A Kurd who is a Turkish citizen fighting to stay in the United States will have another chance to argue that he was under duress when he aided a terrorist group and should not be deported.
The U.S. Court of Appeals for the Second Circuit on Thursday revived the case of Ramazan Ay, who was ordered removed by an immigration judge for providing material support to the Kurdistan Workers’ Party (PKK).
Ay claimed he only gave clothing once and food and water on four or five occasions over 10 years ago to members of the PKK in Turkey because they were armed and he had no choice.
The Board of Immigration Appeals (BIA) affirmed the denial of asylum and withholding of removal for Ay in 2011 because the Immigration and Nationality Act bans people who provide material support to terrorist organizations or individuals, 8 U.S.C. §1182(a)(3)(B)(iv)(VI), (a)(3)(B)(i)(I).
The BIA judge who wrote the order also observed that Ay “may be eligible for an exemption” from the Secretary of the Department of Homeland Security, but added “whether such relief is warranted is outside the scope of the Board’s jurisdiction in these removal proceedings.”
But the Second Circuit said it was remanding the case to permit the BIA “to make a presidential ruling on whether a duress exception to the material support bar is implicit in the statute.”
Saying Ay’s “argument presents an important question of statutory interpretation that our Court has not yet addressed,” Judges Richard Wesley (See Profile), Peter Hall (See Profile) and Susan Carney (See Profile) ordered the remand by per curium opinion in Ay v. Holder, 11-2102-ag.
The judges said they accepted the immigration judge’s conclusion that Ay “knew or should have known” the men he gave food, water and clothing to were terrorists, but made clear that a finding there is an explicit exception to the bar could change the equation.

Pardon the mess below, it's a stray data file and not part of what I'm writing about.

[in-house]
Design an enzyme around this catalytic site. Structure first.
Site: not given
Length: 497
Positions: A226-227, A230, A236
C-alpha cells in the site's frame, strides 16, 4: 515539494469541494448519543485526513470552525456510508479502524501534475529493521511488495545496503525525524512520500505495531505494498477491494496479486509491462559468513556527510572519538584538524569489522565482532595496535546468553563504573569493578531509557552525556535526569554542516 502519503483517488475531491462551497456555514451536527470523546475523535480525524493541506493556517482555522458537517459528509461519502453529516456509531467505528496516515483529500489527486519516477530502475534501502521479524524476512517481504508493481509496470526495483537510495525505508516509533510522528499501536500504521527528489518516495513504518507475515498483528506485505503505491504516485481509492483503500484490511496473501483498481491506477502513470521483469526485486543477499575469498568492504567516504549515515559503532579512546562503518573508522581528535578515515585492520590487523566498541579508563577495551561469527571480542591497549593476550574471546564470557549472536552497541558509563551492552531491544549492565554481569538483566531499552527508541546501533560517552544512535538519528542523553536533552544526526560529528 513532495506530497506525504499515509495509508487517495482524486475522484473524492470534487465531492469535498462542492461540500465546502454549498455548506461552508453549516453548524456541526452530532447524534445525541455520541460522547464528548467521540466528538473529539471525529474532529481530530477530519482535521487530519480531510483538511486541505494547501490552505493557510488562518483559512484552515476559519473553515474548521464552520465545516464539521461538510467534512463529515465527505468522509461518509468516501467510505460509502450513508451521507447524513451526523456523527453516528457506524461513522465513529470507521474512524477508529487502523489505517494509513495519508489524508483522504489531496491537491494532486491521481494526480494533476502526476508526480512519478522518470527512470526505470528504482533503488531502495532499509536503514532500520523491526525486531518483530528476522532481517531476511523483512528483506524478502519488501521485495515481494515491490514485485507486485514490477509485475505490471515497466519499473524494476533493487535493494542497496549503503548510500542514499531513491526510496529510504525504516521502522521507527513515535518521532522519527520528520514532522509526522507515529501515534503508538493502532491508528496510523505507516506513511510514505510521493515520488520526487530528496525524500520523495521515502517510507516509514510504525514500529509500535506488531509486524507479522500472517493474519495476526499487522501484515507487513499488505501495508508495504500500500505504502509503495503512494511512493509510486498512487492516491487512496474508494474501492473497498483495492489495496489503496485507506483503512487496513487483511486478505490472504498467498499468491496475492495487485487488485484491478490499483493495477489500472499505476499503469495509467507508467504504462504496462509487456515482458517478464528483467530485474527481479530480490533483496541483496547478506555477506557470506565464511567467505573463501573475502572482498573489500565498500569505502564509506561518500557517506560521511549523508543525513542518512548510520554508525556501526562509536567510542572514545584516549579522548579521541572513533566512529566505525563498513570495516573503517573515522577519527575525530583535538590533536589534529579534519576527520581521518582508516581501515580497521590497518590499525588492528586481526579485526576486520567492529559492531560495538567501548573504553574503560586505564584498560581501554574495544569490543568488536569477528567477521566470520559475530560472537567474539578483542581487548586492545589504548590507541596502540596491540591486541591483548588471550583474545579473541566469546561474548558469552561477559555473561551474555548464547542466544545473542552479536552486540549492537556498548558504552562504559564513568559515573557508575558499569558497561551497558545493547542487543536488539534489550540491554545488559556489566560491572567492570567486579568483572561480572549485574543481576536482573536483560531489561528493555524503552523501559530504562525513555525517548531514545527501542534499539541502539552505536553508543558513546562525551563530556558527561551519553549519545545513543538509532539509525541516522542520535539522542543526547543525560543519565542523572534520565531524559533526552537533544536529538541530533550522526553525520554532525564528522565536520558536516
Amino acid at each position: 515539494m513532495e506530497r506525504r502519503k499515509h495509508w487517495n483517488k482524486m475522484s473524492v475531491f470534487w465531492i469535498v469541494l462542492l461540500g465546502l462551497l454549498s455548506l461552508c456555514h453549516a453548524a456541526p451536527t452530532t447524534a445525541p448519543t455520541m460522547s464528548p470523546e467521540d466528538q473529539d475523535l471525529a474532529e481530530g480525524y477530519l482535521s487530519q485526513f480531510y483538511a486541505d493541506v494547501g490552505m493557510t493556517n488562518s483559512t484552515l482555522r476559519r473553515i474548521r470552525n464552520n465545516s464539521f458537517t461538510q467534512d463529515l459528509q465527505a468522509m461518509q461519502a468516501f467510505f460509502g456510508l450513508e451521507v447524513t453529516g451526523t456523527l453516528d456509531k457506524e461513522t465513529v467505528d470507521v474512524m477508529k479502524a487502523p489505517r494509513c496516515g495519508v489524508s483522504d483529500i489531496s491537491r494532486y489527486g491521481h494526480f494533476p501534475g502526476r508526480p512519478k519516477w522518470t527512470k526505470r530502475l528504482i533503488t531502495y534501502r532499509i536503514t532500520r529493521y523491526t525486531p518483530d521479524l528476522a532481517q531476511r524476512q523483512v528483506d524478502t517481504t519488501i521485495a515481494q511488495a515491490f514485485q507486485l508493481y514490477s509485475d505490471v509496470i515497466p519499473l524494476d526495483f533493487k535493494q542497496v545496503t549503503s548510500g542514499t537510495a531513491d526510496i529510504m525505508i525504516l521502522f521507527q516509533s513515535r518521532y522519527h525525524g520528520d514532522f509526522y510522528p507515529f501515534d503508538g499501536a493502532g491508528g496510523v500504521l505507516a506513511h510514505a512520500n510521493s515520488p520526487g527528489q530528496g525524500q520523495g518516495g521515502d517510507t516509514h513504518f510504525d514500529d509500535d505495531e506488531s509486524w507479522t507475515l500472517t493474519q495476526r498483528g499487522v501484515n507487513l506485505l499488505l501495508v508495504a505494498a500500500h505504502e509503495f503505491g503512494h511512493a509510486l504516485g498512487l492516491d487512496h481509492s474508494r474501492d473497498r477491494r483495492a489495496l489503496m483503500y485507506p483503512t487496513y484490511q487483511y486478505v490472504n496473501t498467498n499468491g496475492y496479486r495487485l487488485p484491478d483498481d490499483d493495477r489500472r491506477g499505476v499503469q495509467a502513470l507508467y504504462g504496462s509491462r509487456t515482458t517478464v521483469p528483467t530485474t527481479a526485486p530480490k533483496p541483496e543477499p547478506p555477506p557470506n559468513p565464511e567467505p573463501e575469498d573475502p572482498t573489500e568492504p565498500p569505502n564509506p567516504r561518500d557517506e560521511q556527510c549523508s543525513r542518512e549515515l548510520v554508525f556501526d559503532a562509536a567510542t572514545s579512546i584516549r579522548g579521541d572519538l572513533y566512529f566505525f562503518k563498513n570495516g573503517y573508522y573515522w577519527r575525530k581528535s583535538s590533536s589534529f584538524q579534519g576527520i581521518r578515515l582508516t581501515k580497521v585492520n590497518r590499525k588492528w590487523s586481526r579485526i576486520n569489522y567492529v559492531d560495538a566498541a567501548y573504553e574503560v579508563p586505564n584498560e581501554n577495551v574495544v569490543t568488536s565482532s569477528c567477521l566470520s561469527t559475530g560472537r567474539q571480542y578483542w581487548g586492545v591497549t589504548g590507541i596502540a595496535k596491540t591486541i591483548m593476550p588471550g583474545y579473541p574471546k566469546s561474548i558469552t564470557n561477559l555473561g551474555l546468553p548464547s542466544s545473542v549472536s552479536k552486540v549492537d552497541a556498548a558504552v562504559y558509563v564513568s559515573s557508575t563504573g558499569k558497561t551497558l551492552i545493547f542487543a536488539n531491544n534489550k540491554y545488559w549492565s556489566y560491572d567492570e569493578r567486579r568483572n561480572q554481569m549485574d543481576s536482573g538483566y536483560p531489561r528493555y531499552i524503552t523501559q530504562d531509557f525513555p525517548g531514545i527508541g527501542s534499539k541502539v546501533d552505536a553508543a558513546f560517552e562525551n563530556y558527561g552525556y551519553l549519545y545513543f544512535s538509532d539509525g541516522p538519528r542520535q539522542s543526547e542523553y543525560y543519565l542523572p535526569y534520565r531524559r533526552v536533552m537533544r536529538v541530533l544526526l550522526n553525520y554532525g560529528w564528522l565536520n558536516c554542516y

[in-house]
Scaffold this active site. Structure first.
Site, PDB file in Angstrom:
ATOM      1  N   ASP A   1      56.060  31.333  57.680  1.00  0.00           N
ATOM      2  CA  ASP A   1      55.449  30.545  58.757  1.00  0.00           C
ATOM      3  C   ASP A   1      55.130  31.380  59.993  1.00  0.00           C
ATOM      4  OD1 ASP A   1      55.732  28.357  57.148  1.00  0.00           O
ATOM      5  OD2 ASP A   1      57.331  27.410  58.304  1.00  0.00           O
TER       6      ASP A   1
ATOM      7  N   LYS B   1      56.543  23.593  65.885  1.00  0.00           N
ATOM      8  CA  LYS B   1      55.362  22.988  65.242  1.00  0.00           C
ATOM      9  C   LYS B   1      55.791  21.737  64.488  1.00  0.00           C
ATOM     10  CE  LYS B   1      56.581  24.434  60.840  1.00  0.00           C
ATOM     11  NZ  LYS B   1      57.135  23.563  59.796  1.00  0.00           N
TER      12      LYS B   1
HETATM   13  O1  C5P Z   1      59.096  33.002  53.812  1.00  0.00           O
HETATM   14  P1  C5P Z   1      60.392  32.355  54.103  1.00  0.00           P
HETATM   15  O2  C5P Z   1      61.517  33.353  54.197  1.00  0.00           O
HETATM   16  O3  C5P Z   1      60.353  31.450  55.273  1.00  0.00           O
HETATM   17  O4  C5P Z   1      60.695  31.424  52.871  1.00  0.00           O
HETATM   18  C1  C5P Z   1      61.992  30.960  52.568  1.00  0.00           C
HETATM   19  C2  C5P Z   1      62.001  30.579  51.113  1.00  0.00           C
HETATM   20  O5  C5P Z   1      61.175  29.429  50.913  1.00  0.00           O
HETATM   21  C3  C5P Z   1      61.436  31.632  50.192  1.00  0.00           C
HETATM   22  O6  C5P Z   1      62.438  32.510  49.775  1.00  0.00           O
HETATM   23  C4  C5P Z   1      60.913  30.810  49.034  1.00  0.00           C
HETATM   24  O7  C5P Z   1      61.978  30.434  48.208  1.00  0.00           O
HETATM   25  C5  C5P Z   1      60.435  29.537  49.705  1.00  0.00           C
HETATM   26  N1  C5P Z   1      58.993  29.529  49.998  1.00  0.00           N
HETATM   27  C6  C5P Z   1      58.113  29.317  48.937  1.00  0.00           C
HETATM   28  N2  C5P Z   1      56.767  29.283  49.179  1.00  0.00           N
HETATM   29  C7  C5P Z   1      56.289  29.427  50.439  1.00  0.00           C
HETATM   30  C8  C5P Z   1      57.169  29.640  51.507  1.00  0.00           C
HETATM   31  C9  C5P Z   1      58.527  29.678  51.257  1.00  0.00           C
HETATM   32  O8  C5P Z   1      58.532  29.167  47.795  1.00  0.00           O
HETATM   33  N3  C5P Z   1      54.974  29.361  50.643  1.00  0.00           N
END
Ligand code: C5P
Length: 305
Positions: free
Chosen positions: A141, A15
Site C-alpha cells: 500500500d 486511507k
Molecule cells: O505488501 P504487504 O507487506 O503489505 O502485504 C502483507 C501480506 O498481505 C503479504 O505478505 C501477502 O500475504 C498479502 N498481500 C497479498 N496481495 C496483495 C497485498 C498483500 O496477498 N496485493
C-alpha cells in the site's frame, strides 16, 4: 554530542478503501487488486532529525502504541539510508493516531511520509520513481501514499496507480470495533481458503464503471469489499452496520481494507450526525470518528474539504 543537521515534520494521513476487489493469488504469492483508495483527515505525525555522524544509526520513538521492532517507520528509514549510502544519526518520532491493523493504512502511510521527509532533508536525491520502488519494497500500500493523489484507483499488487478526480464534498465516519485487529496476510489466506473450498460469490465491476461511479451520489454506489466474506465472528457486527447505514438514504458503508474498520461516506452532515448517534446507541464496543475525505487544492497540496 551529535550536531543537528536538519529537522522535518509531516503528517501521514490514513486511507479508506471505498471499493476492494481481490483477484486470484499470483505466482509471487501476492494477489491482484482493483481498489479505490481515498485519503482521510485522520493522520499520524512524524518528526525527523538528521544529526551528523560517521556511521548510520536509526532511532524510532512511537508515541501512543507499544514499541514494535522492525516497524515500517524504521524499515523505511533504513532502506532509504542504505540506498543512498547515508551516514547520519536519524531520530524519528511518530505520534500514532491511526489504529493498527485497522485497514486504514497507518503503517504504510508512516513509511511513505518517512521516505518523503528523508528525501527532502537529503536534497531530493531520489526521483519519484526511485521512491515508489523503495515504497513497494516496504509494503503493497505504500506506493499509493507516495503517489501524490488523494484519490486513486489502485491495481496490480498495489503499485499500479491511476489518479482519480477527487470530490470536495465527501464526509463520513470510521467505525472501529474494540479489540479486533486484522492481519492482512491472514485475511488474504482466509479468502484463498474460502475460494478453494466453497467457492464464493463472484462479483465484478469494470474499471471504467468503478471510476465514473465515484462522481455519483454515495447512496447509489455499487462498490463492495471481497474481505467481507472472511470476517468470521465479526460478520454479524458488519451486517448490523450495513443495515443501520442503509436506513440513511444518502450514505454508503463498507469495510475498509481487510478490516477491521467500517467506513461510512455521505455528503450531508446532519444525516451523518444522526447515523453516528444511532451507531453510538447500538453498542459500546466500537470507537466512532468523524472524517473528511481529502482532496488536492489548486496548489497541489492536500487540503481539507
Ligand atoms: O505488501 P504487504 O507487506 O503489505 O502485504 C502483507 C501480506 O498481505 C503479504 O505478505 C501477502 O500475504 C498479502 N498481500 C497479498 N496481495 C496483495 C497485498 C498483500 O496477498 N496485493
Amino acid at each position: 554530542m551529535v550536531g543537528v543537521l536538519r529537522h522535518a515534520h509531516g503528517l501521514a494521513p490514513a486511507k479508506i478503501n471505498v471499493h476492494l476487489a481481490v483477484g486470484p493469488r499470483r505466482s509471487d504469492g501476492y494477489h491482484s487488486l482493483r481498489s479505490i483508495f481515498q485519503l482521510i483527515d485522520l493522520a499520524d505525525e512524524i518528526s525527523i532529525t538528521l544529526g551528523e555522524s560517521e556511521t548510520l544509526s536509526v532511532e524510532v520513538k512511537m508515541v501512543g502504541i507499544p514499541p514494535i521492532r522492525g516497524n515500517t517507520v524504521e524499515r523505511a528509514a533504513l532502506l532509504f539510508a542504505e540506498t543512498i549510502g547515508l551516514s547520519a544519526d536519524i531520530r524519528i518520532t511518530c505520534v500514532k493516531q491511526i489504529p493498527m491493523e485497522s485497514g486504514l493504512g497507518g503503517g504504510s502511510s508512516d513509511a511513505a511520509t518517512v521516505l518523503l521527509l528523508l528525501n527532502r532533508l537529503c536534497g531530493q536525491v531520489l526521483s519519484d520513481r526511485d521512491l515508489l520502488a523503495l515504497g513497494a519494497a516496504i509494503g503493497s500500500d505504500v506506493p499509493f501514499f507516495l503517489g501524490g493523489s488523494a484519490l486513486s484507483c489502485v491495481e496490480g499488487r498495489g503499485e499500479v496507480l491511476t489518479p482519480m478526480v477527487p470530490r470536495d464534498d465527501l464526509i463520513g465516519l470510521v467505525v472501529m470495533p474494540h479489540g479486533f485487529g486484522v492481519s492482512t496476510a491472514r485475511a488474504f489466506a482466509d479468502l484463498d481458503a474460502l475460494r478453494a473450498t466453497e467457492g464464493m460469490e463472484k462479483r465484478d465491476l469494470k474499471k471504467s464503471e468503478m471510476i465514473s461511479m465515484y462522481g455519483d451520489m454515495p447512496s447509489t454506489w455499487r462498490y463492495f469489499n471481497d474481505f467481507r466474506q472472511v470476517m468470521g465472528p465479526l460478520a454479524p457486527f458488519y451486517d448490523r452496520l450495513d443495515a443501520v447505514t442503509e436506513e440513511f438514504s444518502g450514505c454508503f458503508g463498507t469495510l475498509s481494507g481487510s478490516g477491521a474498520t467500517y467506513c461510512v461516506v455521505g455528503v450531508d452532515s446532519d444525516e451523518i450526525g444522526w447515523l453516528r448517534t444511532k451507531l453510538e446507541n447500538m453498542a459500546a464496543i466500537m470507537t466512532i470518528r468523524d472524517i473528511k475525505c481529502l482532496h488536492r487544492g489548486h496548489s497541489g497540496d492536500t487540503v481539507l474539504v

The judges noted that the U.S. Supreme Court found an implicit exception for duress in another context—the bar to asylum for aliens who participate in the persecution of others, in Negusie v. Holder, 555 U.S. 511 (2009).
Here, as in Negusie, the circuit said the BIA’s raising of a discretionary waiver from Homeland Security “does little to enlighten us as to the reasoning behind the agency’s apparent view that the statute does not implicitly contain an exception to the bar.”
The panel said that at oral argument on Aug. 20, 2013, “the government was unable to identify any published process for seeking such a waiver” from Homeland Security.
W. John Vandenberg of Hogan & Vandenberg in Bala Cynwyd, Pa. argued for Ay.
“The Second Circuit picked up on something which is really important—that this whole waiver process is a mystery, almost Kafkaesque,” Vendenberg said. “There’s no application, no fee, there’s no place you can mail it to. So there really is no safety hatch.”
Aaron Petty of the Justice Department’s Office of Immigration Litigation argued for the government.